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Singtel grooming new talent through mentorship programmes

A mentor from Singtel's cybersecurity unit talking to a student with hearing disability during the RISE Mentorship programme. RISE Mentorship is a 12-week programme where students with disabilities from universities and polytechnics are matched with business managers from local companies or MNCs.

AS part of its efforts to promote a more inclusive workplace, Singtel has participated in SG Enable's RISE Mentorship programme on three occasions, mentoring 10 students with disabilities in total.

RISE Mentorship is a 12-week programme where students with disabilities from universities and polytechnics are matched with business managers from local companies or multinational corporations. Singtel has so far fielded 10 middle and top management members as mentors for the programme over the three runs. They come from from various business units, including HR, finance and IT.

Students will interact with their respective mentors at sessions that stretch across 12 weeks. Some of the activities that take place during mentoring sessions include mock job interviews, networking sessions and honing resume writing skills. Since 2014, Singtel has also separately taken in six students with disabilities for internships in the organisation.

"We foster awareness and empathy among our employees by having them guide the participants as mentors. We hope that through the interaction, they will appreciate that persons with disabilities can be equally productive and contribute to the company," said Andrew Buay, vice-president, group sustainability, Singtel.

Through these programmes, Singtel hired SME graduate Alister Ong, who has cerebral palsy, as a sustainability group associate last year. More recently, the telco hired a Nanyang Technological University graduate who has autism in its finance department. It has also supported the training and hiring of persons with disabilities to work in call centre operations.

To help these employees integrate, Singtel has had to make some modifications to its offices, such as installing automatic doors with RFID readers to make it easier for them to use staff access cards, especially for wheelchair users.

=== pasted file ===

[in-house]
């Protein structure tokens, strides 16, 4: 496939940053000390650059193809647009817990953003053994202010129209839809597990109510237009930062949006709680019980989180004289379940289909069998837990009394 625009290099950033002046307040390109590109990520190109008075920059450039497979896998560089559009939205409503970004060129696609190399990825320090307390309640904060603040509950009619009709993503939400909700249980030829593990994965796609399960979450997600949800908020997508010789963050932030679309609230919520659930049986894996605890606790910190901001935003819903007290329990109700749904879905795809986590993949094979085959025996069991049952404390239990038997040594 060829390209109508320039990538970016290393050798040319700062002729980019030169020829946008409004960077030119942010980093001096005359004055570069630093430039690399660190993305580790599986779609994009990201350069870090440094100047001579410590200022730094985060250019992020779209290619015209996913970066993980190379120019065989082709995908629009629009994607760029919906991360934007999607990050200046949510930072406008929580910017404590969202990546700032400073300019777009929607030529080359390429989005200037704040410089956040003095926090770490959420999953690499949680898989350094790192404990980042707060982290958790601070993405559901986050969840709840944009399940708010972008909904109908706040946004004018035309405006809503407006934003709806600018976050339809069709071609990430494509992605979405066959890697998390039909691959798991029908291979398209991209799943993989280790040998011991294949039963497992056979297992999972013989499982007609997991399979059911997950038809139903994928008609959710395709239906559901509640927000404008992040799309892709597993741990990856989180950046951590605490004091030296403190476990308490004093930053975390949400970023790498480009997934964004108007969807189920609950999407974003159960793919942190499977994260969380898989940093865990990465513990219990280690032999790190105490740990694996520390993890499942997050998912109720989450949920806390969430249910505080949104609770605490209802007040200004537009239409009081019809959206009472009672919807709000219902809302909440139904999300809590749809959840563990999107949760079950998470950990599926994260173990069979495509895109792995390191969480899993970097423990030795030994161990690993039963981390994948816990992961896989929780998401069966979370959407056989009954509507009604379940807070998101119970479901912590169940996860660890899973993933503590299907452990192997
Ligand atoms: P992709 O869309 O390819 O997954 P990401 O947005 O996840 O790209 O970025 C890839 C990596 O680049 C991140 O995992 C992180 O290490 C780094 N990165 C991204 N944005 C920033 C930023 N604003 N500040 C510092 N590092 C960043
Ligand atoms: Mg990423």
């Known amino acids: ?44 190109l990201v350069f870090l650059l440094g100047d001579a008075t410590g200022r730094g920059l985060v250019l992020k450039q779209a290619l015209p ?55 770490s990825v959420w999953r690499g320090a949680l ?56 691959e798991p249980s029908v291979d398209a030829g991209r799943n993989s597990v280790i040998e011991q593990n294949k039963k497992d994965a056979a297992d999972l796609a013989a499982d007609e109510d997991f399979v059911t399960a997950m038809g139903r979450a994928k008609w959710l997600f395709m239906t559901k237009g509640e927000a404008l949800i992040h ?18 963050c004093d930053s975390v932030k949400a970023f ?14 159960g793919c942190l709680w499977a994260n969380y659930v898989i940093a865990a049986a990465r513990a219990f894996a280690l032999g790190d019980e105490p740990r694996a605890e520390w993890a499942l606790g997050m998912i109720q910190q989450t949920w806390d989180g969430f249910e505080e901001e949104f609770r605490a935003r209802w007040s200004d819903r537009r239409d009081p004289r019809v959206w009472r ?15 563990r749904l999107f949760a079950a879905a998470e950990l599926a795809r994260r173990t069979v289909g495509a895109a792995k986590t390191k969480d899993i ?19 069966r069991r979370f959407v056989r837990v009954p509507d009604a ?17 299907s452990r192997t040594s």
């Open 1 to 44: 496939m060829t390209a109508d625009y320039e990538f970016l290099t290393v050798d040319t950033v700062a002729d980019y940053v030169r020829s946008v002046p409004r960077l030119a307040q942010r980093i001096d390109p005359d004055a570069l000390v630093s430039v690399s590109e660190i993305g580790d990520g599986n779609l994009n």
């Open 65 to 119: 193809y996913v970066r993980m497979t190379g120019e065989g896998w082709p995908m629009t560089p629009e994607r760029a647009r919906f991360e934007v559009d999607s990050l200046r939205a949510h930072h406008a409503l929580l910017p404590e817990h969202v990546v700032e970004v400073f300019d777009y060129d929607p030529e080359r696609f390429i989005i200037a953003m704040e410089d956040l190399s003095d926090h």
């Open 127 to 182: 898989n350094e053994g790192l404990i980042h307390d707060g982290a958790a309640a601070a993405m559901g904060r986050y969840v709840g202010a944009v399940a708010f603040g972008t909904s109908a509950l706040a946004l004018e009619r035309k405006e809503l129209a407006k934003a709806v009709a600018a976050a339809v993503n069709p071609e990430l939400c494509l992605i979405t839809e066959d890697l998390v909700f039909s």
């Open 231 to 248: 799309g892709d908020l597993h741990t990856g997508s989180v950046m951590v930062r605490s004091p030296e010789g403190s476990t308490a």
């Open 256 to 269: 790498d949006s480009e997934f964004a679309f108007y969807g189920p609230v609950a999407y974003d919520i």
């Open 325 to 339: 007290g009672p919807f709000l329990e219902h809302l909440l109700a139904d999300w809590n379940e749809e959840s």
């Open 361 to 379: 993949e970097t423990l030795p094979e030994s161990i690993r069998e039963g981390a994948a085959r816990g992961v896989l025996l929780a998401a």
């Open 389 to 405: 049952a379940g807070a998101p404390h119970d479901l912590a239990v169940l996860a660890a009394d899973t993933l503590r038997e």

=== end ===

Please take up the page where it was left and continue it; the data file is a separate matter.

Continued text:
"I am thankful to have supportive bosses and colleagues who are very understanding and helpful. The changes to the workplace accessibility has also been very beneficial by allowing me to work better. I am looking forward to playing a greater role in seeing a culture of inclusiveness increasing in more corporations as we build this network of knowledge and expertise," said Mr Ong.

Singtel played a key role in the development of SG Enable's RISE programme. The telco had introduced SG Enable to a similar mentoring programme in Australia that its subsidiary Optus had participated in.

Singtel linked SG Enable to the programme's organiser, Australian Network on Disability, and through the collaboration SG Enable was able to quickly deploy the RISE Mentorship programme. Singtel also offered its videoconferencing facility at their offices in Singapore and Australia to both parties for follow-up meetings. "Rather than reinventing the wheel, the RISE Mentorship programme was adapted and modified from the Australian version which was launched in early 2017," said Mr Buay.

"We value diversity in our company and we recognise each person brings unique skills to the workplace. By supporting this programme, we want to help persons with disabilities by empowering them so that they realise their potential," he added.

Singtel's collaboration with SG Enable started in 2014 when the company invested in the setting up of the Singtel Enabling Innovation Centre at the Enabling Village which supports the training of persons with disabilities in IT and contact centre skills, and their transition to work.

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